Exploring baroque with Ellipsis Ensemble

Published: Thursday 23rd November 2017 by Courtney Farrow

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The enchanting Ellipsis Ensemble is returning to Hull to perform two inspiring concerts.

The musical trio is renowned for its unique and diverse programmes. We spoke with acclaimed piano player Susanna Stranders to find out more.

Can you tell us a little bit more about the ensemble?

Ellipsis Ensemble was established about a decade ago. We just wanted to get together and make music.

After having so much fun at St John’s May Festival in Notting Hill, we decided to take it a step further. Unfortunately, one of our founding members had to move away, but our flute player, Robert Manasse, joined us around six or seven years ago, and we’ve been making music ever since.

What was the inspiration for your beautiful name, Ellipsis Ensemble?

Well, an ellipsis means that there is ‘more to come’ or that a sentence is ‘not quite finished’; this ties in with the fact we like to invite singers and other musicians to join our trio. For example, in Hull, internationally renowned tenor James Gilchrist will be joining us.

We do this because we want to curate programmes that are interesting for our audiences. With just a piano, flute and an oboe, we can do a lot, but respectively, we can’t do everything. By inviting others to explore genres with us, we can continue to play and entertain.

What’s your favourite thing about playing in Ellipsis Ensemble?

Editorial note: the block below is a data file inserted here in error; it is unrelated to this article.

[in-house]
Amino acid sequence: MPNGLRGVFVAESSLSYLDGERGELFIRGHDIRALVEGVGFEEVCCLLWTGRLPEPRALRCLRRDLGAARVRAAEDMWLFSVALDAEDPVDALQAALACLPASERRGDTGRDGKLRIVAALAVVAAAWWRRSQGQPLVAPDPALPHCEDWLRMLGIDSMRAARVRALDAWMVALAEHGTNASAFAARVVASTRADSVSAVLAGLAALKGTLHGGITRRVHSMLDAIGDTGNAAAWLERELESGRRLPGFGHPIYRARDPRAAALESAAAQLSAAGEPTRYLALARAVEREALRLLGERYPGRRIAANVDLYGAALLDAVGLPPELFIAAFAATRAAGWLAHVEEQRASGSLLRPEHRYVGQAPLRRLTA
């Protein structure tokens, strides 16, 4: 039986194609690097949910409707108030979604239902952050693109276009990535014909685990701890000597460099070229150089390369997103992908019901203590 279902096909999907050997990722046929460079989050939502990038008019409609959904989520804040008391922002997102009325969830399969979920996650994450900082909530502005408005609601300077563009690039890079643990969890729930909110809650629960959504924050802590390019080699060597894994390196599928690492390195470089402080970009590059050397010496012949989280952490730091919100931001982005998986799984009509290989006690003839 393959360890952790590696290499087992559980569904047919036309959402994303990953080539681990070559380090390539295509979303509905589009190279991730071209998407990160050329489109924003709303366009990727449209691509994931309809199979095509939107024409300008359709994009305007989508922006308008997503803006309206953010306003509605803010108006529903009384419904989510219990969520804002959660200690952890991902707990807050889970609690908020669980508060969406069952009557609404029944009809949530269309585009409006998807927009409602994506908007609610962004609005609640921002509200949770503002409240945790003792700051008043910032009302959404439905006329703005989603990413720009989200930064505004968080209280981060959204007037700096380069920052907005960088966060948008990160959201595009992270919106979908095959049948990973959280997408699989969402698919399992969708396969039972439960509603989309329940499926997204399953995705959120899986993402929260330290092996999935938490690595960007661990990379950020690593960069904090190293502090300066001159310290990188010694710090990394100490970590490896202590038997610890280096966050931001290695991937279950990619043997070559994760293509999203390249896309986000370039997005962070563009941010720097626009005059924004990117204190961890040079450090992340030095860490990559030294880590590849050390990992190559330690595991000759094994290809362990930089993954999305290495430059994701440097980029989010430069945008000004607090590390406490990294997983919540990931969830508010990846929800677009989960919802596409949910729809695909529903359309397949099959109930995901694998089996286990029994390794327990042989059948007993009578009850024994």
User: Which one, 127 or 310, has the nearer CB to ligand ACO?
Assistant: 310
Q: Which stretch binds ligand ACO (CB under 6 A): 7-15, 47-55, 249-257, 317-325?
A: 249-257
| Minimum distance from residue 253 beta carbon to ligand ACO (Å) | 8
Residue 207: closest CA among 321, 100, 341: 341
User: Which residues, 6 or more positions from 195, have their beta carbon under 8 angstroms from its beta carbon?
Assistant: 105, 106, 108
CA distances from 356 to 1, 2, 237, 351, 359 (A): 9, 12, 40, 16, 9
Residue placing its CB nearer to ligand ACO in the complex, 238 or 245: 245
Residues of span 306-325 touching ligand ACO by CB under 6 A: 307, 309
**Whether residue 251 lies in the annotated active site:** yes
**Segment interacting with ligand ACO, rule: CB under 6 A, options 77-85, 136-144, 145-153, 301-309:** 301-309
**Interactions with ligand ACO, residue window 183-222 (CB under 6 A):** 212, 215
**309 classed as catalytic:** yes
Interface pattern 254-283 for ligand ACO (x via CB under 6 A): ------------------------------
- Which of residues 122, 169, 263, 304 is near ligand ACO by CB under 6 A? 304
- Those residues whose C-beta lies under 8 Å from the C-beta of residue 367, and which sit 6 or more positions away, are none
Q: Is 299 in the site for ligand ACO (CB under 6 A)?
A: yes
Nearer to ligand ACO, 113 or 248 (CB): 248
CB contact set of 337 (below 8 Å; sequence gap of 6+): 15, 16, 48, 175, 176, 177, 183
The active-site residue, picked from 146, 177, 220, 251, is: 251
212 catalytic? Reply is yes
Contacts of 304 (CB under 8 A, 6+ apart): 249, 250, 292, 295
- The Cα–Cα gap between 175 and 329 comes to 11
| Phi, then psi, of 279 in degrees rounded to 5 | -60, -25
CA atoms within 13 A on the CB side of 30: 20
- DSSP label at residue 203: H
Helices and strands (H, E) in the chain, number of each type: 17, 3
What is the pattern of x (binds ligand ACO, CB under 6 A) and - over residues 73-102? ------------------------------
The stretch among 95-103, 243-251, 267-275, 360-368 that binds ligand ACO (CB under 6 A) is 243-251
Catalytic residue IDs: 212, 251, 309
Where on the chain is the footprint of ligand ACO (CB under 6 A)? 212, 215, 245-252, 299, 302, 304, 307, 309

Ellipsis is a real pleasure for me. We all have full-time jobs as well as Ellipsis, so it’s something that I do as a hobby. Sharing the love of playing music with friends for the public is really rewarding. My reasons for doing it are a lot more intimate than just making a career out of it.

What can audiences expect when they see you perform?

Well, we describe our concert in our blurb as a sort of potpourri of woodwind and piano repertoire. This will definitely be reflected in our lunchtime concert on Friday 24 November.

The show will combine all sorts of styles, from baroque to contemporary. It will also premiere new work by Professor Alastair Borthwick from the University of Hull, which is really exciting.

Our evening concert will be a more unusual programme. We are joined by the wonderful James Gilchrist to perform works by Bach, Handel, Vaughan Williams, as well as a new arrangement of Roxanna Panufnik’s setting of Shakespeare Sonnets, “Generation of Love”.

Again, we’ve been quite creative and imaginative, using different mixes of duos and trios – I really think that there will be something for everyone.

On that note, what would you say to someone quite new to this type of performance?

I would say to think of it like going to a restaurant; we don’t all like Indian or Chinese cuisine, but you have to try a range of things in order to experience classical music in a more wholesome way.

We are really keen to make contact with the audience in a personal way, with a lot of introductions and explanations to what the music is about and its history. I think this can help ease in newbies and people really appreciate this.

We have to work to train our ears and learn how to listen to things. Having a broad spectrum of repertoire is key for this.

You can catch Ellipsis Ensemble this evening at the University of Hull from 7:45pm and tomorrow lunchtime at 1pm.

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Published: Thursday 23rd November 2017 by Courtney Farrow

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